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HOUGH I have been hitherto as cautious as F TH T could, upon all occafions, moft nicely to follow the rules and methods of writing laid down by the example of our illuftrious moderns; yet has the unhappy fhortness of my memory led me into an error; from which I mut extricate myself, before I can decently purfue my principal fubje&t. I confefs with fhame, it was an unpardonable omiffion to proceed so far as I have already done, before I had performed the due difcourfes, expoftulatory, fapplicatory, or deprecatory, with my good Lords the critics. Towards fome atonement for this grievous neglect, I do here make humbly bold to prefent them with a fhort account of themselves and their art, by looking into the original and pedigree of the word, as it is generally understood among us, and very briefly confidering the antient and present ftave thereof.



This was Conftantine the Great, from whom the Popes pre"tend a donation of St. Peter's patrimony, which they have been never able to produce.

Ibid. The Bishops of Rome enjoyed their privileges in Rome at first by the favour of Emperors, whom at laft they shut out of their own capital city, and then forged a donation from Conftantine the Great, the better to justify what they did. In imitation of this, Peter, " having run fomething behind-hand in, the world, obtained leave of a certain Lord, &c." W. Wotton..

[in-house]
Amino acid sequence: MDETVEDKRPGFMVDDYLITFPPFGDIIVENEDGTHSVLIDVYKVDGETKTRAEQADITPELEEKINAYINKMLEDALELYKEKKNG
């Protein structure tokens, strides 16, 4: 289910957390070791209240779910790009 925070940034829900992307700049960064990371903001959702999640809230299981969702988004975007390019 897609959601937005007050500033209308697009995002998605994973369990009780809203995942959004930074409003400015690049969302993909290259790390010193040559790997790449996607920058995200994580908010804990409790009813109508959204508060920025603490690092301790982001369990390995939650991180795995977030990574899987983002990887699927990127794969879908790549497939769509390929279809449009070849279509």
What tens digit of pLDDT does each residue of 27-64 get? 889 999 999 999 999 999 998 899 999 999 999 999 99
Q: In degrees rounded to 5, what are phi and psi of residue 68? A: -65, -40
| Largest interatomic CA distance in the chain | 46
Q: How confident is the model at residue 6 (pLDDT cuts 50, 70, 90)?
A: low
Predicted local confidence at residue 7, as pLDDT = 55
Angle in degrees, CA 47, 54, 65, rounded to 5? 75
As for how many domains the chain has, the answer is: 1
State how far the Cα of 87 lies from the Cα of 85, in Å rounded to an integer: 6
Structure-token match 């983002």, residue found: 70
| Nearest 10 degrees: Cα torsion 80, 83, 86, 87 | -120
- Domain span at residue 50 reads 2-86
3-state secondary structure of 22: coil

By the word critic, at this day fo frequent in all converfations, there have fometimes been distinguished three very different species of mortal men, according as I have read in antient books and pamphlets. For, firft, by this term was understood fuch perfons as invented or drew up rules for themselves and the world; by obferving which a careful reader might be able to pronounce upon the productions of the learned, form his tafte to a true relish of the fublime and the admirable, and divide every beauty of matter or of ftyle from the corruption that apes it in their common perufal of books, fingling out the errors and defects, the nauseous, the fulfome, the dull, and the impertinent, with the caution of a man that walks thro' Edinburgh ftreets in a morning; who is indeed as careful as he can, to watch diligently and spy out the filth in his way; not that he is curious to obferve the colour and complexion of the ordure, or take its dimenfions, much less to be paddling in, or tafting it; but only with a defign to come out as cleanly as he may. These men feem, tho' very erroneously, to have understood the appellation of critic in a literal fenfe; that one principal part of his office was to praife and acquit; and that a critic who fets up to read only for an occafion of cenfure and reproof, is a creature as barbarous as a judge, who should take up a resolution to hang all men that came before him upon a trial.